Almost as much as the picture borrows ingredients, however, it also exhibits an original and rather creative scope in terms of characterization. Gans' players, ranging not just from the heroes but to the conspicuous low-lives who pollute both ends of the French society, nearly leap their way off of the screen using their vivid personalities as trampolines. Members of the supporting cast aren't merely spectators to the plot, either; they occupy their own space like spirited participants ready to face any danger that passes them. It's hard enough for a screenplay to exhibit any amount of faith in several of the minor roles, but when the audience begins to accept them beyond just being secondary, it's obvious that the film has struck a rare and special chord.

The movie, naturally, doesn't go for an ounce of credibility as a narrative—one friend described the plot perfectly when he called it "exciting trash"—but that's a completely irrelevant point in the long run. This isn't a movie about convincing story arcs to begin with, but about the approach—and payoff—that they are able to derive as a result. And when it comes to the thrill of the visual, the imagination, the detail and the persona, "Brotherhood of the Wolf" accomplishes a great deal more than just any ordinary package.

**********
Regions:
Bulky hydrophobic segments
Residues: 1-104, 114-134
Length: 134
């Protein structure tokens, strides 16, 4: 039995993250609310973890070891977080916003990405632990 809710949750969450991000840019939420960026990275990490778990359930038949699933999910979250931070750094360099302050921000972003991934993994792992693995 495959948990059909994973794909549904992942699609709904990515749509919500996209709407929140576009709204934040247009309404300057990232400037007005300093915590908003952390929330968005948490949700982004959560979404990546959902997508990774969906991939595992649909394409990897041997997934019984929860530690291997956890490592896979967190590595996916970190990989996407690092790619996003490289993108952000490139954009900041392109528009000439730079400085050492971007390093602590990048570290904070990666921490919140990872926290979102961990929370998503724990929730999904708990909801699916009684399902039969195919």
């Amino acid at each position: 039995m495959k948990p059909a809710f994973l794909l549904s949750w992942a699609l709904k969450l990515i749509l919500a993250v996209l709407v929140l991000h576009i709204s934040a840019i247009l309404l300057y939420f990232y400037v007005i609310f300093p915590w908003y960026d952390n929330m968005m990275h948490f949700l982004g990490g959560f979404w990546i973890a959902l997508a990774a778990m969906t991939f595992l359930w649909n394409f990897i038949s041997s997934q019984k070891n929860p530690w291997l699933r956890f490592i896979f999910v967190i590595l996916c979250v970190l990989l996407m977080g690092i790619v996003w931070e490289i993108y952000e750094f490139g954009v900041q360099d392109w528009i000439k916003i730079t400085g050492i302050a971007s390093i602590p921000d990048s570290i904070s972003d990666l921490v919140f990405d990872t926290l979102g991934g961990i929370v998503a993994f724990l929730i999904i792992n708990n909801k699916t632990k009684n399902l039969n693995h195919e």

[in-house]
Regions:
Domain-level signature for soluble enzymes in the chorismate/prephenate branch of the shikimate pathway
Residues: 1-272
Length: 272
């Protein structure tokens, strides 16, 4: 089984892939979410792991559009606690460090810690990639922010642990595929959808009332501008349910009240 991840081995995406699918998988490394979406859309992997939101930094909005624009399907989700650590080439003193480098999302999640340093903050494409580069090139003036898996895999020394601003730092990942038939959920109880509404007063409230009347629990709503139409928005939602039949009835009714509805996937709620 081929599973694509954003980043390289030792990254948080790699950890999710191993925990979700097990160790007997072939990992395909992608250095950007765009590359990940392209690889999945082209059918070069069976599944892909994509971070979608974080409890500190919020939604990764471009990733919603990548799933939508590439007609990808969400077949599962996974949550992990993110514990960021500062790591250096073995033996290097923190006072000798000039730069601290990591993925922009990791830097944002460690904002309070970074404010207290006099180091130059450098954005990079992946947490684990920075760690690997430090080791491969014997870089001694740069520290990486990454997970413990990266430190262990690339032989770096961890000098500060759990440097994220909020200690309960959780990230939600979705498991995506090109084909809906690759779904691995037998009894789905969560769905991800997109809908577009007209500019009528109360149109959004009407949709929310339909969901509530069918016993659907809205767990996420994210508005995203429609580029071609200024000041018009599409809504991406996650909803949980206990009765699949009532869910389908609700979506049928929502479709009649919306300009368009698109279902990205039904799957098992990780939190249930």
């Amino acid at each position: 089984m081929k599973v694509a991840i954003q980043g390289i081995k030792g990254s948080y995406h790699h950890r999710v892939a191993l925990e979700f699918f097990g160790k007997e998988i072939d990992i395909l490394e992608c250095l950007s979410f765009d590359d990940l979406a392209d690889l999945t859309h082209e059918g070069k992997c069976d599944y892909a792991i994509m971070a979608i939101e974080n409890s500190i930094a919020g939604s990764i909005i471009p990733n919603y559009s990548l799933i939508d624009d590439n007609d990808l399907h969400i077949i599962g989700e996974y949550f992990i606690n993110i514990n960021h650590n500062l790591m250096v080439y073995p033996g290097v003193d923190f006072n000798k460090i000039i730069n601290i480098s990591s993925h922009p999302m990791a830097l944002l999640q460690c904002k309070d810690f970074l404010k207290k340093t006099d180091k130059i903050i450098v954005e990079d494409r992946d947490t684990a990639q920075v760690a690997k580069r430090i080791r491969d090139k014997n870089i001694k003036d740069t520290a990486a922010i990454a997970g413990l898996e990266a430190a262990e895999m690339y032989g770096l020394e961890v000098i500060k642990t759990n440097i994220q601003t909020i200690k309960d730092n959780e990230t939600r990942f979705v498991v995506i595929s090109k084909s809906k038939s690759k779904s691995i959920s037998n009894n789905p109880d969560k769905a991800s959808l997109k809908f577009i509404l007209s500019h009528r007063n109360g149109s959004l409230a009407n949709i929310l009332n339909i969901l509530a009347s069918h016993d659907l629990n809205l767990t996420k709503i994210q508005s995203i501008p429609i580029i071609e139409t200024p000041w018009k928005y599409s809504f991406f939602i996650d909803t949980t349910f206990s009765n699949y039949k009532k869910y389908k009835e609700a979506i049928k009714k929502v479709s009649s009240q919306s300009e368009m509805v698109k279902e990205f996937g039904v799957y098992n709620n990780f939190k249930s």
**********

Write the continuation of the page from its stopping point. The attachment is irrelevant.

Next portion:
Written by DAVID KEYES

Samuel Le Bihan: Grégoire de Fronsac
Mark Dacascos: Mani
Vincent Cassel: Jean-François de Morangias
Émilie Dequenne: Marianne de Morangias
Monica Bellucci: Sylvia
Jérémie Rénier: Thomas d'Apcher
Jean Yanne: Le Comte de Morangias

Produced by Richard Grandpierre and Samuel Hadida; Directed by Christophe Gans; Screenwritten by Stéphane Cabel and Christophe Gans

Drama/Thriller/ Mystery/Action (France); Rated R for strong violence and gore, and sexuality/nudity; Running Time - 142 Minutes (overseas cuts vary)